“It is the greatest of all mistakes to do nothing because you can only do a little. ¬†Do what you can,”–Sir Sidney Smith.


How to Communicate Effectively with Your Member of Parliament

LIFE Leadership (A well-rounded source of training on interpersonal, leadership and success principles)

The Center for Social Leadership

Playing Hooky… From Everything

I’ve been lazy this week. No, not lazy, maybe desperate. Desperate for a little sanity.

So I haven’t kept to my rigid blogging schedule. I haven’t been listening to my audios. I haven’t kept up with the dishes. I didn’t even write a to-do list for the week. What the heck is wrong with me?

I’m playing hooky.

I hear that Winston Churchill, in the heat of World War 2, would take time to paint water-colours. i think it was Ronald Reagan who chopped wood on his ranch. Some famous person was famous for napping. So I figure I can cut myself a little slack and do something useless from time to time.

Not that watching Catching Fire is useless, per se, but it’s not like me to watch TV more than once in a week. This week, at least three times.

I’ve been reading a lot instead of working on social media. That hasn’t been helping, because I’m reading Thank you For Your Service, which is about American Soldiers returning from Iraq with PTSD, or traumatic brain injuries. It’s research for my novel, but it’s heavy stuff.

So, all in all, not a recipe for a great mood or a lot of energy.

My monthly goals are probably going to go to the dogs, but I suppose it’ll be okay. I don’t know that one week of hooky will make a big difference, in the scope of a lifetime.

Why Am I Still Up?

Well, that may be it. This week may be a failure. And it’s only half way over. The clock flipped over to Wednesday an hour and sixteen minutes ago.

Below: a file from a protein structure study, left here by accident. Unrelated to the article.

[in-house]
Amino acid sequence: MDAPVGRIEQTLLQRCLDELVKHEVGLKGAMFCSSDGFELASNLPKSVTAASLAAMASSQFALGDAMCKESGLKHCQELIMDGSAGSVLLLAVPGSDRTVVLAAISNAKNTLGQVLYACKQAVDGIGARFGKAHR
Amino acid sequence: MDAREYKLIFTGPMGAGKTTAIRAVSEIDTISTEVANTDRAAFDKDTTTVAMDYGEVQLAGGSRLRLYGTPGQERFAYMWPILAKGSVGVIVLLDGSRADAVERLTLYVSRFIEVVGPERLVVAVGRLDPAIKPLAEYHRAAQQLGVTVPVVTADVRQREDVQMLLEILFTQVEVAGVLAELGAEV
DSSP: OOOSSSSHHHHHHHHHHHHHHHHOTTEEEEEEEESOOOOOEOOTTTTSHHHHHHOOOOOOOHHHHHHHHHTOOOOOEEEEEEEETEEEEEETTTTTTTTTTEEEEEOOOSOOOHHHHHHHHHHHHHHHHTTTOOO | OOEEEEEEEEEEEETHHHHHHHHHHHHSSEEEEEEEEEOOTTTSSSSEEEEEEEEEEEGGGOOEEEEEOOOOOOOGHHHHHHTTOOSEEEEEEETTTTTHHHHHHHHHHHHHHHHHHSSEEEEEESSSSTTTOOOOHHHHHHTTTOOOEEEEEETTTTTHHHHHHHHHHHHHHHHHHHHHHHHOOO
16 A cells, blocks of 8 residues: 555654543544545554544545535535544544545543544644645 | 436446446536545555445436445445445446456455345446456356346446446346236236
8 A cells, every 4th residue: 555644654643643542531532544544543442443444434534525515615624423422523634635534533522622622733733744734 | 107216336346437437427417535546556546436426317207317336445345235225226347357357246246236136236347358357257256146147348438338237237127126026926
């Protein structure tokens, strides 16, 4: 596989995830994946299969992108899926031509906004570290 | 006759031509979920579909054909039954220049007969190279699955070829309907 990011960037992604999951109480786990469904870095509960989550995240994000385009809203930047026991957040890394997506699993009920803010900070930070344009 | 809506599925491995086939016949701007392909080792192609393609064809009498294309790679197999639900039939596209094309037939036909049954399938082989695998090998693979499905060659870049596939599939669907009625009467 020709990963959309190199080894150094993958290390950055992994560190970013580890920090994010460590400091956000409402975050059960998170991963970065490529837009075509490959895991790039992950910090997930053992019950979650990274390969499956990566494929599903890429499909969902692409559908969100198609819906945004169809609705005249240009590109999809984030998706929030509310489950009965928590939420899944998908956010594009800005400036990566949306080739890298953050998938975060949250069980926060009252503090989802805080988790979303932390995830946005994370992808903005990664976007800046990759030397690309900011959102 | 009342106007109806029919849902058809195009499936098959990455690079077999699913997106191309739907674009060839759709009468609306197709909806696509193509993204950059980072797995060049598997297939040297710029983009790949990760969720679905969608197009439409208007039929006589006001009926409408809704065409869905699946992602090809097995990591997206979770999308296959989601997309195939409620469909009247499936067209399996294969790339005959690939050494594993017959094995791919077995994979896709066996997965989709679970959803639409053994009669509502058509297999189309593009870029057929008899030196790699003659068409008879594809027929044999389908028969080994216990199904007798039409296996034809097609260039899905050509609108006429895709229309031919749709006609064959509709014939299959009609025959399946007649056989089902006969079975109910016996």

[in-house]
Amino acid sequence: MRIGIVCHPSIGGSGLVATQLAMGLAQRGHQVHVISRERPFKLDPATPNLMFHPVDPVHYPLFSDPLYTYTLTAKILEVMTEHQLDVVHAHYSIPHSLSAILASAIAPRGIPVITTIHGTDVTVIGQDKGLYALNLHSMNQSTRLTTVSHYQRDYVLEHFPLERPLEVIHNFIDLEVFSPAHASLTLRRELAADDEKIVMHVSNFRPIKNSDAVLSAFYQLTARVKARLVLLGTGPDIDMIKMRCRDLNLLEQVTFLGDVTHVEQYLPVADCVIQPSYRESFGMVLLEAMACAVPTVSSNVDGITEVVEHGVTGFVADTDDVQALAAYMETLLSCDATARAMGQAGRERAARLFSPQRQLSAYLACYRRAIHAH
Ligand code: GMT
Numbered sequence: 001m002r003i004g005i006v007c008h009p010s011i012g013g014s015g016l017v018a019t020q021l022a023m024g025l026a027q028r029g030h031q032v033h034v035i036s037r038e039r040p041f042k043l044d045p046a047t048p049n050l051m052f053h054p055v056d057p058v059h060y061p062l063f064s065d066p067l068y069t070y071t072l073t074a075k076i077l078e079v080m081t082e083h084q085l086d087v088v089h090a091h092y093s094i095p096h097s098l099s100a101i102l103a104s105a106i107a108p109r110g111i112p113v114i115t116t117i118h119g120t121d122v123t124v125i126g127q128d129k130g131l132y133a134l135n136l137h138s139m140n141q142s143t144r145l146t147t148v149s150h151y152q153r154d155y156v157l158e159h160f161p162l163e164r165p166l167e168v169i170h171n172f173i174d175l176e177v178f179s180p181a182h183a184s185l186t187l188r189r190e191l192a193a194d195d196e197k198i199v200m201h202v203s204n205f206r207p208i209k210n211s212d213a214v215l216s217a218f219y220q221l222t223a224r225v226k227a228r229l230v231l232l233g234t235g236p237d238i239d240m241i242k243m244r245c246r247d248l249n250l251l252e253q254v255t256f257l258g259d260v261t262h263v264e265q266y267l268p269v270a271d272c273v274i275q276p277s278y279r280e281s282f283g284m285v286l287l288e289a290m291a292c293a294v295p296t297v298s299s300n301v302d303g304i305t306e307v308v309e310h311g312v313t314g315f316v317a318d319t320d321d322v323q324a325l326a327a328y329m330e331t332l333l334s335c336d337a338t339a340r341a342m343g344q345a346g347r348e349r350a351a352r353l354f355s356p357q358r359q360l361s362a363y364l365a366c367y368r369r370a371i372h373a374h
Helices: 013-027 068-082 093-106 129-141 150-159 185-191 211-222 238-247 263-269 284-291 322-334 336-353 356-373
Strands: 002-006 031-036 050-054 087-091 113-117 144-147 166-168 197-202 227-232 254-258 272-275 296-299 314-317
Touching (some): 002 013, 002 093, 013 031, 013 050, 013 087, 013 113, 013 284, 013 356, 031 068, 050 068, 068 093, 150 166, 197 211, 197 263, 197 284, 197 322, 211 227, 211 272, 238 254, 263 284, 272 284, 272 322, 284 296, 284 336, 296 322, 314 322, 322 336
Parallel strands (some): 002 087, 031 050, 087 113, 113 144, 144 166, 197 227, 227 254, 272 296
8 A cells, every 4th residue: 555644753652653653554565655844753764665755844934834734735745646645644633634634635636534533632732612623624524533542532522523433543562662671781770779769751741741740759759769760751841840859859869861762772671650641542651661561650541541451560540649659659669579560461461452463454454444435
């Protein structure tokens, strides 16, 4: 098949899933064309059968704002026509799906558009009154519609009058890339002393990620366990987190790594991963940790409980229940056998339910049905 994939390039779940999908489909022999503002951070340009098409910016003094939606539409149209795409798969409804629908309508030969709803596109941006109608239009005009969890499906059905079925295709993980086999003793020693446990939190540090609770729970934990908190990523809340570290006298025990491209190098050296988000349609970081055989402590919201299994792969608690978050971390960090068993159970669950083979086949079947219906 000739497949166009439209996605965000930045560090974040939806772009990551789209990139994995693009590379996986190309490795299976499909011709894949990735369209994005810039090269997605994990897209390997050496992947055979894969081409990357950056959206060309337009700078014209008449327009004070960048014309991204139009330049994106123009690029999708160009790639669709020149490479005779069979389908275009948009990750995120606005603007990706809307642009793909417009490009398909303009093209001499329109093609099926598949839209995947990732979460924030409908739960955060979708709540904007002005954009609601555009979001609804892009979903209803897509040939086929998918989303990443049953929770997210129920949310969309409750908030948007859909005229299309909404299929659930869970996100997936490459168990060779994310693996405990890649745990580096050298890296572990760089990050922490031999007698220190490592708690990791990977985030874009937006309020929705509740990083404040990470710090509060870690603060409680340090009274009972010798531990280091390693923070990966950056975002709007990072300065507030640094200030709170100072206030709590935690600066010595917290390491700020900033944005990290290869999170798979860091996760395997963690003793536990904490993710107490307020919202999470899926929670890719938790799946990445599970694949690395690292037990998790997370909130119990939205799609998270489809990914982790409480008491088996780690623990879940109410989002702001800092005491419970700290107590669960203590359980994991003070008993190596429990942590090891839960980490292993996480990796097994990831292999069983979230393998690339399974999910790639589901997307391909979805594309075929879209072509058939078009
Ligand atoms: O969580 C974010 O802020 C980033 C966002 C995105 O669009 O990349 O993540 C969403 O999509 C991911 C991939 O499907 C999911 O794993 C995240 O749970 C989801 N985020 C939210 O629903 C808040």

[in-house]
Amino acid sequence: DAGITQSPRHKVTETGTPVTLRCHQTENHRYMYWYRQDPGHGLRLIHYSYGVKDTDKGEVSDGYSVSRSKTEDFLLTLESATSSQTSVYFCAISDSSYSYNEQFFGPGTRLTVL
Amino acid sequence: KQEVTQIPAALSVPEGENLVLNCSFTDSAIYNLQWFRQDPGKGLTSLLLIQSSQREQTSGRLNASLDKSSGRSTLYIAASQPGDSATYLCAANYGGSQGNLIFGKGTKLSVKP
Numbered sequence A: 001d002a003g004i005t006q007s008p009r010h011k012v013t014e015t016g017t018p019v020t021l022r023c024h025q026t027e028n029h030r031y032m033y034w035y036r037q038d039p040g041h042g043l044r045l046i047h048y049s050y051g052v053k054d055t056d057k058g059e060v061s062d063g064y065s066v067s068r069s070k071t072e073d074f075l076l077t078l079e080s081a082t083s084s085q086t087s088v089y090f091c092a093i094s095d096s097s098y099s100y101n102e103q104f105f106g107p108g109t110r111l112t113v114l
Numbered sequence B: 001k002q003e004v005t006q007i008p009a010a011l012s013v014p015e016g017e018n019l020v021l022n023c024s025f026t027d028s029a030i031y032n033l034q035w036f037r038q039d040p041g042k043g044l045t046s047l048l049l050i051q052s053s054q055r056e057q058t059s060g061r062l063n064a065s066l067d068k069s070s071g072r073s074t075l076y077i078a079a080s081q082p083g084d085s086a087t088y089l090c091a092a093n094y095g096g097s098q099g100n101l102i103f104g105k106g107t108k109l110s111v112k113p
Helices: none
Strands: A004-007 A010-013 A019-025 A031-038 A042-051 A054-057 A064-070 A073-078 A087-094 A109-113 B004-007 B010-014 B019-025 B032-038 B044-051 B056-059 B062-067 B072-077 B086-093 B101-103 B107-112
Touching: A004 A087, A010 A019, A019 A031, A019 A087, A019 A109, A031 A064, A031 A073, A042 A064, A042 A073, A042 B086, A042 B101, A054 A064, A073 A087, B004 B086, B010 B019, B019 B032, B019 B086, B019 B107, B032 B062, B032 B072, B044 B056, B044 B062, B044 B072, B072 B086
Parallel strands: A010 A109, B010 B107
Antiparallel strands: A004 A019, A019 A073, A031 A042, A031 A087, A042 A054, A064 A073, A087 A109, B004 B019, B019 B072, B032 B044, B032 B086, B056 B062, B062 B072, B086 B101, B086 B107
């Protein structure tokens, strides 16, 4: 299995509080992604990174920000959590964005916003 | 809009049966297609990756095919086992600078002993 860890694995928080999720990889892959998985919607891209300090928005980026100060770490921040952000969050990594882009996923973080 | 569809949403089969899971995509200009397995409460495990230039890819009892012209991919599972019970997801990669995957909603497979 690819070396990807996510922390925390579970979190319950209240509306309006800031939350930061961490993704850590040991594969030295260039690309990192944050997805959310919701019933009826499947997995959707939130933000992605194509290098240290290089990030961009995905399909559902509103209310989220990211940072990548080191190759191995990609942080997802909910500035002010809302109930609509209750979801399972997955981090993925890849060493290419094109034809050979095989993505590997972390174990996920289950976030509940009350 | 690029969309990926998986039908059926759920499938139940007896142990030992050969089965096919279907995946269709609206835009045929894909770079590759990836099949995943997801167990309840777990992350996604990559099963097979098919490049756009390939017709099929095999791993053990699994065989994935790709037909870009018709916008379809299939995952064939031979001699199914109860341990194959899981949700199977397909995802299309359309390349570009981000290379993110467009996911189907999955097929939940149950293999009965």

Despite vitamin D supplements and adequate levels of sleep and yet another episode of Sherlock on my laptop, I’m in a funk I can’t seem to shake. I’m generally good at spinning all the plates that compose my life, but this time they’re wobbling something fierce.

And this is only a 44 hour workweek.

My mental real-estate is taken up by debates and work and my monthly budget, none of which are cheerful subjects, and the writing has fallen by the wayside. That’s why I’m pouring my own depressed little self onto the page. I have nothing interesting to say–unless you’d like to hear about how to exegete John 1:1-2 and if I’m going to be able to make my car payments.

No? Neither do I.

I don’t know what to do with myself.
Perhaps there’s nothing more to do but to watch funny YouTube videos and eat breakfast sandwiches (no matter what time it is).


But, there is always good news. One, January is over, and that means there may only be six weeks of winter left (if the groundhog may be trusted). Two, I don’t have to work on Saturday. Three, the world is not my responsibility in the end. And Four, I still have two English muffins.

So fry up an egg. We’re going to make it, you and I.

Maybe in a couple days I’ll have something original to say.

One of the Biggest Lies I Know

One of the biggest lies you will ever hear is “Mom, these aren’t my cigarettes. I’m holding them for a friend”–to paraphrase Claude Hamilton.

Another is this: no one understands you.

Have you ever just known that no one ‘got you’? Have you ever been sure that if people knew the real you, they’d never accept you? I’d venture that we all have, and I’ve come to believe it’s a lie.

We are not alone.

I’m the only writer in my family. They find my imagination and my humour and my obsession with social media to be rather off the wall. Don’t get me wrong–I love my family to death. But sometimes I find this frustrating, because I can’t talk about what is important to me. I thought I was completely unique–perhaps even a wacko–until I found entire communities of others just like me. It was sort of a homecoming. “You mean you’ll take me seriously if I ask ‘do clones have souls?’ You mean we can have whole conversations about punctuation?”

I had an addiction that was eating away at my insides. I was ashamed, and didn’t want anyone to know. I wanted to deal with it myself, but I couldn’t. When I finally confessed it to friends, they said “Uh huh. I know what you mean,” and gave me grace and encouragement. Just having it the open took away its power.